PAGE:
began to embrace models that rejected the idea of the lake as a microcosm (one unit of the environment), and instead saw it as part of a larger ecosystem. Hasler took this approach to Trout Lake Station, a UW research outpost in Boulder Junction, Wisconsin, where scientists began to carry out “whole lake manipulations,” rather than just sampling and data-gathering, in order to better understand cause and effect at the ecosystem level.
The fish experiment of the century It was during the height of Mendota’s Eurasian watermilfoil invasion that Professor James Kitchell and then-visiting professor Steve Carpenter posited that a disruption in the lake’s natural food chain could be responsible for an explosion of algae. They suggested that the loss of large predator fish had allowed smaller fish to thrive. The growing population of smaller fish, in turn, consumed a greater number of the lake’s zooplankton. Which meant fewer zooplankton to consume their food source—algae—which meant a lake choked with the stinky stuff that swimmers and boaters love to hate.
Below: Jake Walsh (right), graduate researcher for the Center for Limnology, and undergraduate Carly Broshat use plankton nets to collect water samples from Lake Mendota. (Photo by Bryce Richter)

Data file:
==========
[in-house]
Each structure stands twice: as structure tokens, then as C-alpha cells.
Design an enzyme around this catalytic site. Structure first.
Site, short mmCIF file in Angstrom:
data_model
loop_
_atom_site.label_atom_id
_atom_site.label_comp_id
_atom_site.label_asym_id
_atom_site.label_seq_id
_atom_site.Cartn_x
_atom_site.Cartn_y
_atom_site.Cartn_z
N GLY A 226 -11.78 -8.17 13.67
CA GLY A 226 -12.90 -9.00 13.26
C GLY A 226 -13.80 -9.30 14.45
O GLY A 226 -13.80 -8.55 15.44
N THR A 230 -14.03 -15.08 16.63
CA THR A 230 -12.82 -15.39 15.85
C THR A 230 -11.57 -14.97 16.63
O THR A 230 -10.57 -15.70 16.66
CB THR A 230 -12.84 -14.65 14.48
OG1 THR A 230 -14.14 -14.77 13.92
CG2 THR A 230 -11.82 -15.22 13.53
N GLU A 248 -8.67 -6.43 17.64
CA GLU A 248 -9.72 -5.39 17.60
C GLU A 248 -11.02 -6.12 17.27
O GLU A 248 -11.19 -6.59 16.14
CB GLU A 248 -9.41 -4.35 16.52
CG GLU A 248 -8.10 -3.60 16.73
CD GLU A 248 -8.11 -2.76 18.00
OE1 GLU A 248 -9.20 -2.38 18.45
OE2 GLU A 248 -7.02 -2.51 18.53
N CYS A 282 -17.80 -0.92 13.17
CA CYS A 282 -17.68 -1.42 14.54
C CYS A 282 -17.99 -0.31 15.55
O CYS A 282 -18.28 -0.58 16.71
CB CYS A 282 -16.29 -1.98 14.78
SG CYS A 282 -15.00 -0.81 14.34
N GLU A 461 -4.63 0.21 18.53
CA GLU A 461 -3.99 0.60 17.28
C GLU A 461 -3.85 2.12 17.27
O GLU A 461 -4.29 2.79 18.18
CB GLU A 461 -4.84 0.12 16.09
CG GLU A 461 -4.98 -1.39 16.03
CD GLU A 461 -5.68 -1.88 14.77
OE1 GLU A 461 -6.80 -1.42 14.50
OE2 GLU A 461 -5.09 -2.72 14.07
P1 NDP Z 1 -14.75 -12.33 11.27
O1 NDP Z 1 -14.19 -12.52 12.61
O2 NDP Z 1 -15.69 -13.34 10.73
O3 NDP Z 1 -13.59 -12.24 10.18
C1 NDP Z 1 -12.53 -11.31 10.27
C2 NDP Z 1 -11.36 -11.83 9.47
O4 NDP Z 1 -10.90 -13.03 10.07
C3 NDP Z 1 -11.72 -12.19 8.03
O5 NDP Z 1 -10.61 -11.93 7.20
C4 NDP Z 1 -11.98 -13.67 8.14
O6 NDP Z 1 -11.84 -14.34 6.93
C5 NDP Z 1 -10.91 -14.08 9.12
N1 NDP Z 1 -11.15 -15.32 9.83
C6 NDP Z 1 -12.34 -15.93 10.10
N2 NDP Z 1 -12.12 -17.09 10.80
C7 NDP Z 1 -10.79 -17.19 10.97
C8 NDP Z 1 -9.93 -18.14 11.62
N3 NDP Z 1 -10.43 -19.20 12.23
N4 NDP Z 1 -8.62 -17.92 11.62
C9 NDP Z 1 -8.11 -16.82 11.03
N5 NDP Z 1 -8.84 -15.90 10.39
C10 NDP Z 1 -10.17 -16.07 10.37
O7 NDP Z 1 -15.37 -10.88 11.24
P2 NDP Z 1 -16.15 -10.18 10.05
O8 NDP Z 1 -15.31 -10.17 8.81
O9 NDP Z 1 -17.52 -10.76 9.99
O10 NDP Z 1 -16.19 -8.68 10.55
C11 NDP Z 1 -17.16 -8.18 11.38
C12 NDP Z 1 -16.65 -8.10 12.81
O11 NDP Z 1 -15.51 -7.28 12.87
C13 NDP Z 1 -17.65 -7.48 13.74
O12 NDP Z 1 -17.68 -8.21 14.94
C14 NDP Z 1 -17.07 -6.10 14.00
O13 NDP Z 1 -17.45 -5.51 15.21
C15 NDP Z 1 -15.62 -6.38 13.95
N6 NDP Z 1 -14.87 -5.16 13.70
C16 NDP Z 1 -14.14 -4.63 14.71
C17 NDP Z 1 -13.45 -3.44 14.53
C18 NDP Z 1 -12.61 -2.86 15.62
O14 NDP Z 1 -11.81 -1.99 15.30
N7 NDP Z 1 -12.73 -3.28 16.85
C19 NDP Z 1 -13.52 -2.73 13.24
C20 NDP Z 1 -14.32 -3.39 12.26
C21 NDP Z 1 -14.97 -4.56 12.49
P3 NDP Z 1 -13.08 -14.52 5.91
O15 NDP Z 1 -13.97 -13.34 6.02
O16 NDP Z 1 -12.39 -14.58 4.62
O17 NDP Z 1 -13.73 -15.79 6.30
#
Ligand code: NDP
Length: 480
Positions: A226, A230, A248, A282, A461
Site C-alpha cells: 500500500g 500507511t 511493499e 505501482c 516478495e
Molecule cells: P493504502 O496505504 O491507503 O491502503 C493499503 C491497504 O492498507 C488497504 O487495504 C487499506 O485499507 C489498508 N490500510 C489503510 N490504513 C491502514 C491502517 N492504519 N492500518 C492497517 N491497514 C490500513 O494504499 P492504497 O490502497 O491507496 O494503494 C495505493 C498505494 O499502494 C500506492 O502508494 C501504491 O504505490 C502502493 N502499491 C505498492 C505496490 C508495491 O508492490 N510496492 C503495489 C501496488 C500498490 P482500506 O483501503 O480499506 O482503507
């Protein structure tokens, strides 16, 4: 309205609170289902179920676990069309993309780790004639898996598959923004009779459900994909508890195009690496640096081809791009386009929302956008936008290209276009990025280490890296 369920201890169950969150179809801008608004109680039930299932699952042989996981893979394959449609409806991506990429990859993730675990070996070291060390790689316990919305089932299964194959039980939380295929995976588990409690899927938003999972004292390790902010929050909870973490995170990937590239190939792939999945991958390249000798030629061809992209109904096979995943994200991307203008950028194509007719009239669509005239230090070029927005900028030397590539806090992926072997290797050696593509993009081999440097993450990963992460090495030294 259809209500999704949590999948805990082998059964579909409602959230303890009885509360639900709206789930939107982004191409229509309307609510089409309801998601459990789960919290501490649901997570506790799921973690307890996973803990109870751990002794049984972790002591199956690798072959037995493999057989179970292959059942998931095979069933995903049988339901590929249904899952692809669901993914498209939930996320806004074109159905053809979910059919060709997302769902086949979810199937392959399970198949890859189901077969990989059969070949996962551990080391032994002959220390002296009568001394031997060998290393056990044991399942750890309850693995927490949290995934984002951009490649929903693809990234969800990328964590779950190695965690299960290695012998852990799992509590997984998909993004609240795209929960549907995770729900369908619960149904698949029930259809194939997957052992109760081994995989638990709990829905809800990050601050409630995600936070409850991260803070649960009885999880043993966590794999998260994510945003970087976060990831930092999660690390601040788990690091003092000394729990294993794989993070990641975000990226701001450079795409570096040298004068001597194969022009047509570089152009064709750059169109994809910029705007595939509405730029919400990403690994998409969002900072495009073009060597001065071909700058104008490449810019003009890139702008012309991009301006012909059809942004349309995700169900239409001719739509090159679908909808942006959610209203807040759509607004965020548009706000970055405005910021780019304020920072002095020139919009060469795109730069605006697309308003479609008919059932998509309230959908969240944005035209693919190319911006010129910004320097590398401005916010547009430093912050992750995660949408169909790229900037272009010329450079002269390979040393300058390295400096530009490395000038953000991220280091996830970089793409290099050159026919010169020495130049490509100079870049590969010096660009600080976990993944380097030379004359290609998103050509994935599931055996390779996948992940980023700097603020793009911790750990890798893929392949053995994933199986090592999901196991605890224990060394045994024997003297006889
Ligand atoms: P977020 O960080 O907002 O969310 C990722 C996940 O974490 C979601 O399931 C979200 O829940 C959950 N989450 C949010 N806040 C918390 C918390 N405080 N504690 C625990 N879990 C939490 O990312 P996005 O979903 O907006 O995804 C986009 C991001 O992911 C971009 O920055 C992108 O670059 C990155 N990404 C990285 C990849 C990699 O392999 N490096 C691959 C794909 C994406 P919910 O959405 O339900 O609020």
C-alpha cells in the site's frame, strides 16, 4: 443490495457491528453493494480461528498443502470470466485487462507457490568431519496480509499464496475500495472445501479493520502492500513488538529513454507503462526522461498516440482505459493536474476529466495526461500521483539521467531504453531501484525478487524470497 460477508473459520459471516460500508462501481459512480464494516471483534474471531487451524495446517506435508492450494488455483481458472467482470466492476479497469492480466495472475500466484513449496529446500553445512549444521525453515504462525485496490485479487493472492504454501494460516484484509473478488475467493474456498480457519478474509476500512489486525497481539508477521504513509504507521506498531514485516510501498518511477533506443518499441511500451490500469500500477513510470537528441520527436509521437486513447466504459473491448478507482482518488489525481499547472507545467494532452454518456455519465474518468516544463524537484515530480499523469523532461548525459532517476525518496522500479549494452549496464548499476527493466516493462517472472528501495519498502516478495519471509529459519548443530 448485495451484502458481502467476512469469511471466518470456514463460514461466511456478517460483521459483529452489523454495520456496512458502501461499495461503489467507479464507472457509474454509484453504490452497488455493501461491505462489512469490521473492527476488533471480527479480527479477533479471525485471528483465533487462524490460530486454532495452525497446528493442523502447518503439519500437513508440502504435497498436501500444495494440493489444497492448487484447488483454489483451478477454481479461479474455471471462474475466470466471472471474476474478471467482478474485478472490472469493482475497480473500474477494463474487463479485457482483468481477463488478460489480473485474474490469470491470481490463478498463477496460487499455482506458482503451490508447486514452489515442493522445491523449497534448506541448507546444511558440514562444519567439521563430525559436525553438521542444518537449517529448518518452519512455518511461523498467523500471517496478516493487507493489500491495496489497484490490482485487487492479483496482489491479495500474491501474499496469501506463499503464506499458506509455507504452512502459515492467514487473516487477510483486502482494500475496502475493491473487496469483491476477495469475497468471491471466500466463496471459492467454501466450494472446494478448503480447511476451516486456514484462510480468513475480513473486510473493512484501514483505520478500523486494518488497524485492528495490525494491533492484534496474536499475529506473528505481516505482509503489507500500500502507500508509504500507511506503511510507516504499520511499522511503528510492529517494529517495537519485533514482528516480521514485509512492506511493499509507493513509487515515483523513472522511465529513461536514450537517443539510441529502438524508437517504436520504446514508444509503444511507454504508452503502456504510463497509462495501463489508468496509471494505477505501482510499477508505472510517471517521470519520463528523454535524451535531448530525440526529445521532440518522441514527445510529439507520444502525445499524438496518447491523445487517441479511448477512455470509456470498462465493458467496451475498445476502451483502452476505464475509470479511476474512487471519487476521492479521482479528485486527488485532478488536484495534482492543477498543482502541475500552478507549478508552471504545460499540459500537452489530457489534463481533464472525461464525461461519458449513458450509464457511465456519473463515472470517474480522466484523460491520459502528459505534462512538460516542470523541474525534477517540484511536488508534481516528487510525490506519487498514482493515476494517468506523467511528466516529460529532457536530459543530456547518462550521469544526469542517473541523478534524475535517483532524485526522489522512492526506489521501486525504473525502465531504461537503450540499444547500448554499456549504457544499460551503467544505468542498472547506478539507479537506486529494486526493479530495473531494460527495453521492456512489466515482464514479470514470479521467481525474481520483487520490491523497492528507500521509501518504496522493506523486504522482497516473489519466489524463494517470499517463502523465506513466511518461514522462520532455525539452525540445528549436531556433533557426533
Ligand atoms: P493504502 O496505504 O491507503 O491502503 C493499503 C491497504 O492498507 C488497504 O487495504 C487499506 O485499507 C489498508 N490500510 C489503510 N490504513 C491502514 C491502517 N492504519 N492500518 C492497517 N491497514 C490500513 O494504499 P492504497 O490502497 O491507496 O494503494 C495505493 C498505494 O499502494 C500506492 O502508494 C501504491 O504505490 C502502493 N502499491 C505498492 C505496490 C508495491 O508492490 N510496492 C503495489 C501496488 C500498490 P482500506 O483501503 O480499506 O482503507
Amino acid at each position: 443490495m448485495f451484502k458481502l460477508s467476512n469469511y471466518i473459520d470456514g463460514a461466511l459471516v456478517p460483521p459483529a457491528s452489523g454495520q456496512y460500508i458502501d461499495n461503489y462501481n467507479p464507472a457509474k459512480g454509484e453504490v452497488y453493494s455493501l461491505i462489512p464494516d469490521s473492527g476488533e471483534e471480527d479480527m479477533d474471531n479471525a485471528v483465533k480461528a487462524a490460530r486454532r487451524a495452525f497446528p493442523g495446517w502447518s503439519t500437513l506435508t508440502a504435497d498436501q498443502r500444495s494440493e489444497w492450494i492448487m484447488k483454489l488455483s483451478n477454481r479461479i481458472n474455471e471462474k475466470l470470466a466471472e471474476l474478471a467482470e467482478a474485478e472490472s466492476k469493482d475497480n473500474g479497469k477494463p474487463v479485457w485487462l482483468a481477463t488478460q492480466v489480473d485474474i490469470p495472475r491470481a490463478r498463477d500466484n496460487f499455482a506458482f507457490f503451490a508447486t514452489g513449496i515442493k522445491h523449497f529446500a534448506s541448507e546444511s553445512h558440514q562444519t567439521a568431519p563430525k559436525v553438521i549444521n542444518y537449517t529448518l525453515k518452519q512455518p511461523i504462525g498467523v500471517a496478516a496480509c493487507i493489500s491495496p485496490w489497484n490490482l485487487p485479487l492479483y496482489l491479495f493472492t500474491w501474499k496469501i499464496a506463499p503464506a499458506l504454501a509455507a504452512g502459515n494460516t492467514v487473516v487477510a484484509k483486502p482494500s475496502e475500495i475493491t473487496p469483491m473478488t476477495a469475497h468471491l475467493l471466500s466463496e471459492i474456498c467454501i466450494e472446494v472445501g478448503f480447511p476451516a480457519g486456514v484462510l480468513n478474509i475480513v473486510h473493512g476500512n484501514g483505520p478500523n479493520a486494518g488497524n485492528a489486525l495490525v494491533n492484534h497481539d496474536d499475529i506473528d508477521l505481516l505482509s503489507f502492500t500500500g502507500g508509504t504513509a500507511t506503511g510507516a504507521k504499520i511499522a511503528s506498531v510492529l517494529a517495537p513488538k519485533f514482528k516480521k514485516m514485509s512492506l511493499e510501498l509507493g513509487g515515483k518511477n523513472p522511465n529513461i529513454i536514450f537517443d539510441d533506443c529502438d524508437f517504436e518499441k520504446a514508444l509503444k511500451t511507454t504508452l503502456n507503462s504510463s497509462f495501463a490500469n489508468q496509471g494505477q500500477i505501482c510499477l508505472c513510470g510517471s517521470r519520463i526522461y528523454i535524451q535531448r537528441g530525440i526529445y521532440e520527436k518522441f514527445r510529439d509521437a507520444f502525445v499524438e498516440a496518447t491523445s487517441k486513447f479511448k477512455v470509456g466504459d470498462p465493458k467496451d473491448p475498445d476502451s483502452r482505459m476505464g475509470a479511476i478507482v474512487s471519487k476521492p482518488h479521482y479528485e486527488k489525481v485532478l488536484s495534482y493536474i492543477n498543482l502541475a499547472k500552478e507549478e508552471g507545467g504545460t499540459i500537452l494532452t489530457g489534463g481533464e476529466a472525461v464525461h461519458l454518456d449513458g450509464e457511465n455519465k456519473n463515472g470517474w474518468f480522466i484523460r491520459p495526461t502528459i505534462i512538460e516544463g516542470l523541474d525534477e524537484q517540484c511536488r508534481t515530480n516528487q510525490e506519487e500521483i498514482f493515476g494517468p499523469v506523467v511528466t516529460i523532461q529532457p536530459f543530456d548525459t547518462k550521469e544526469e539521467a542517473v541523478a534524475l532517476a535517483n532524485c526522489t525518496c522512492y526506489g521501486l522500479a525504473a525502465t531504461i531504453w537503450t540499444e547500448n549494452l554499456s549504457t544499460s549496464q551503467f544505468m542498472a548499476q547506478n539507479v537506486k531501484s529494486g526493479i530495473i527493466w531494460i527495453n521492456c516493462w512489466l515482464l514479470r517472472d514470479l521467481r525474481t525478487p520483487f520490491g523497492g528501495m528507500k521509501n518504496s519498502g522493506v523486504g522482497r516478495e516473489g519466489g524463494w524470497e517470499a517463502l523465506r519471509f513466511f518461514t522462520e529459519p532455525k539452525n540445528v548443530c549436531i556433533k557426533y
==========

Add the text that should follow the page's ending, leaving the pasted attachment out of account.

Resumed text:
In an experiment that would influence fishery managers around the world, the Center for Limnology, in partnership with the Wisconsin Department of Natural Resources, launched the Biomanipulation Project in 1987. Mendota was stocked with walleye and northern perch and new fishing regulations were enforced to ensure their protection.
The program was wildly successful. The large fish thrived. The algae blooms and invasive plants diminished. Even many of the native plants made a comeback. For two decades, Carpenter says, “it produced the single greatest improvement in Lake Mendota’s water clarity.” That is, until 2009, when undergraduate students, collecting samples along with professor of zoology Jake Vander Zanden, made a startling discovery. Spiny water fleas, an invasive zooplankton previously believed to be suited only to cooler lakes, had turned up in their nets.
New invaders signal a murky future These crustaceous zooplankton, inedible to small fish because of the spine hanging off their tail, had begun to devour the lake’s Daphnia pulicaria, a native species of zooplankton that feasted on algae. By 2014, just five years after the discovery, the Daphnia pulicaria had been so diminished by the spiny water flea that their numbers failed to keep the algae in check. “Daphnia were these unsung heroes of water quality,” says doctoral student Jake Walsh, whose thesis examines the spiny water flea invasion. “They gave us three feet of extra water visibility when they were abundant.” A recent study published by Walsh estimates the damages caused by the invader at between $87 and $163 million – with no end in sight.
L&S Annual Review 2015-2016